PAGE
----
supposed to step forward and say this is wrong. We’ve had situations on
the American sports landscape recently where this is kinda very much been a topic
that has bothered people. We had an institution, a major university, in the American
sports system, the National Collegiate Athletic
Association, where a retired assistant coach appeared
to have been abusing young men in the locker room. And an
assistant coach saw it and he reported it, but others
may not have done enough. So, one of the questions that we always
face with ethics is, am i doing enough, and are the people
around me being inspired to do enough, also. And what happens when I stumble
into a situation where I absolutely know the wrong thing
is being done. Am I gonna be afraid to actually tell
someone because I think I might lose my job. Am i willing to actually quit my job
because I know the wrong thing is happening. Well, it’s easy for me to stand here and
kinda mention that to you to say that, “Hey it’s a problem. You need to go
forward. You need to report that.” If that instance was happening to your
sister, to your brother, to your someone who is close
to you and your family, wouldn’t you take a hard stand. And, yet
in the sports world we know for a fact that the rules get broken all the time, and we’re
not talking just about drugs we know that there have been situations
like with Tiger Woods, where, it appears, that he broke the
relationship that he had with his wife at the time and was involved in a
great deal of infidelity. Again, it’s not for me to cast judgment
but I do think there were probably a lot of people who knew about that who had a chance to maybe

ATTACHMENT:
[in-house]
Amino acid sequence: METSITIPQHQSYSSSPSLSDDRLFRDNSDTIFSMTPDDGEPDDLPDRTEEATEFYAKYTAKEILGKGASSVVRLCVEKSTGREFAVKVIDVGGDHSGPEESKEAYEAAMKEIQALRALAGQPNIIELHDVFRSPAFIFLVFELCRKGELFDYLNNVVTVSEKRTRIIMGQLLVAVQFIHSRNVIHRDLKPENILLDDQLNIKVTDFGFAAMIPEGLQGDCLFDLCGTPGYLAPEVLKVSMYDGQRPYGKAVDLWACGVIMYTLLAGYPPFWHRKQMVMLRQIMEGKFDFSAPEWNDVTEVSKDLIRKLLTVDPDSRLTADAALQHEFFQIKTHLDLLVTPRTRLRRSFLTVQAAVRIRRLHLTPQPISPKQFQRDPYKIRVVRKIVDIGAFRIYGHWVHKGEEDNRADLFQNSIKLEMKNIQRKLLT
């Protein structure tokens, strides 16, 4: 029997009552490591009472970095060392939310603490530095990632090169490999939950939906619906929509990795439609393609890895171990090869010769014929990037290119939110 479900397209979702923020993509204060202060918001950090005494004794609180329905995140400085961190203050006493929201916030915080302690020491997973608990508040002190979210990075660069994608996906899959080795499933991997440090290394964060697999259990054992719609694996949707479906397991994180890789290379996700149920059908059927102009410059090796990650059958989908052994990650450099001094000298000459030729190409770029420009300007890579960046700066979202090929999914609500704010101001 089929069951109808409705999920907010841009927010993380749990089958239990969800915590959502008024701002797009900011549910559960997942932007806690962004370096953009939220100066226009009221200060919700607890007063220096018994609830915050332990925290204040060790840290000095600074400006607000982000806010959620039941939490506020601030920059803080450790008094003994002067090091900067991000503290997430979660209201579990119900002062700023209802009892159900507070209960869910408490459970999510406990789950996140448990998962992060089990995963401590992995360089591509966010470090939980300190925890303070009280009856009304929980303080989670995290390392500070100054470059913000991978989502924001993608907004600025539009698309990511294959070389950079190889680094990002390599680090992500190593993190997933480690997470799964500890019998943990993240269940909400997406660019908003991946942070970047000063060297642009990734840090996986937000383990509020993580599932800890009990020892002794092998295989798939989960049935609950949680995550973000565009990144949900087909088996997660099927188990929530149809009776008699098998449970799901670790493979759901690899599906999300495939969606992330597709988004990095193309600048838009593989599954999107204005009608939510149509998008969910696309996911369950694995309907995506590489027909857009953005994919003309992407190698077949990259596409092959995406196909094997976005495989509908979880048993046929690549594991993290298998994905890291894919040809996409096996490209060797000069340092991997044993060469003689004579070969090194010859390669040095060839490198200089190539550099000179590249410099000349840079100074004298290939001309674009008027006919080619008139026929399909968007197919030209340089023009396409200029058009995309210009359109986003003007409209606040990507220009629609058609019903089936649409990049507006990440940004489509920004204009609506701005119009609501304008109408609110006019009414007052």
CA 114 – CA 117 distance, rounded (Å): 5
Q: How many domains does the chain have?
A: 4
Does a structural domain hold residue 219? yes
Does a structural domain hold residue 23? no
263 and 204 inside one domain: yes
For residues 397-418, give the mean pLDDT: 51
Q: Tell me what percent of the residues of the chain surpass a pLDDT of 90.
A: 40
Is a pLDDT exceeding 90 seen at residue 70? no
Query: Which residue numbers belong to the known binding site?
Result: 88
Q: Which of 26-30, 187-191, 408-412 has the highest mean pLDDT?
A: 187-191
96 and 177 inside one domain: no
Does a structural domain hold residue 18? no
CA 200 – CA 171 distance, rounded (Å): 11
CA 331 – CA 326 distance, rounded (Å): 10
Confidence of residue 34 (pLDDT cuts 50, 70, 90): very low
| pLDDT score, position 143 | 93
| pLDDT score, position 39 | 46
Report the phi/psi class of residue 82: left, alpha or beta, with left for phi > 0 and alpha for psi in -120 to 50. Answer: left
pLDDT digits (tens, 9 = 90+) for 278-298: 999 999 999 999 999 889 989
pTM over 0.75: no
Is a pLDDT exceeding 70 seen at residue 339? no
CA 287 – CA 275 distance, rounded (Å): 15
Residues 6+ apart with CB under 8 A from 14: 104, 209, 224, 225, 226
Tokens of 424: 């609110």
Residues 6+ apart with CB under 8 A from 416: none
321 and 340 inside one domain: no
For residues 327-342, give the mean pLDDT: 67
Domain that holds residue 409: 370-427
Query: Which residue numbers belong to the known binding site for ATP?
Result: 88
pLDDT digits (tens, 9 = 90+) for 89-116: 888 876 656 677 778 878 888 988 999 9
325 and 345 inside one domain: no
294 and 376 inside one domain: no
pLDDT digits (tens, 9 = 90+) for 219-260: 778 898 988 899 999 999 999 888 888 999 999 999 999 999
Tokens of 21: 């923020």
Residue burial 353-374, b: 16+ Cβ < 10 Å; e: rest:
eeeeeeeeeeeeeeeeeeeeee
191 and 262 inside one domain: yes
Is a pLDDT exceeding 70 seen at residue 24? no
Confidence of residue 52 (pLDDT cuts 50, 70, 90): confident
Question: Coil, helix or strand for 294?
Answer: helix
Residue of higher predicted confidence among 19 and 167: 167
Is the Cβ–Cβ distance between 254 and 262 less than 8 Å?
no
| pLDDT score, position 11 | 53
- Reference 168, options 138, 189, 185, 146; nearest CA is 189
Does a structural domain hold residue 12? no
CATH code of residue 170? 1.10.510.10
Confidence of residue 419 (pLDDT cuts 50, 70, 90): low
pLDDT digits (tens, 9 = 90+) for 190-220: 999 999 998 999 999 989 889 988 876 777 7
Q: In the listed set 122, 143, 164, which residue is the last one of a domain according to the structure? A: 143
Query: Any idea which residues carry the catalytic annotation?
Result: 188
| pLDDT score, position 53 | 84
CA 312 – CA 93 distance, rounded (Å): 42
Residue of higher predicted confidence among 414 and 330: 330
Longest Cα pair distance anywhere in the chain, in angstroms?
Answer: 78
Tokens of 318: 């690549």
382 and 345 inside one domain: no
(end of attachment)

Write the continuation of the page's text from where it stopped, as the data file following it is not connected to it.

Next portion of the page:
say, “This isn’t right and this will come back to
bite us at some point.” So, let me pause here for a moment. I
don’t want to try and put too much on you right now and I don’t wanna come across as
being holier-than-thou or being too righteous. But, let me put up these questions for
you on the screen and actually have you think about them
for a minute. So, the questions that you see on the screen in front of you are part of a research project that I’m
working on with a professor from Central Washington University
named Mark Pritchard. And, what you see there are, question number
1: What are ethics and where do we see ethical breaches
today? Question 2: Why are personal ethics
important in sports business? Question 3: Which theories, inside the the discovery of ethics, help explain
how we make ethical decisions? And the last one; what factors shape your
ethics and your response to moral dilemmas. Now, I can tell you for a fact that a lot of us see things that are
ethically inappropriate and we see them a lot of the time.
And, it’s hard for sport management and sports marketing
courses to actually teach ethics because who’s to say what’s right and what’s
wrong. This is a book that I’ve used before called “Sport Marketing.” Three great professors,
Bernie Mullin, Stephen Hardy and Bill Sutton put this together and I’ve used
it many many times. But, if you go to the index of this book
and you look up the word ethics, there’s only two pages dedicated to the discussion of ethics and that is
from an early edition of this book, but it may help explain that inside
sports marketing, it’s tricky for us to actually get our
hands around ethical pieces. Let me read a couple more things to you.
Three quotes that we’ve used inside of this research that we’re doing. “Goodness is easier to recognize than to
define.” Think about that. “Goodness is easier to
recognize than to define.” The second quote we use
from Ralph Waldo Emerson is, “A man’s action is only a picture book of
his creed.” And of course we can make that
gender-neutral by saying that, A woman’s action is only a picture book
of her Creed.” And the last one, from a guy from about
2,000 years ago, a guy named Paul of Tarsus said, “If anyone competes as an athlete he
does not receive the victor’s crown unless he competes according
to the rules.” Now, what makes the discussion of the rules
really interesting is, if everybody’s clear on what the rules are,
why do we have so many occasions where the rules are broken? And, why do we think that the rule
breaking is only done by the athletes? The players out on the field, as opposed to, possibly, being done by the people that run the leagues, or,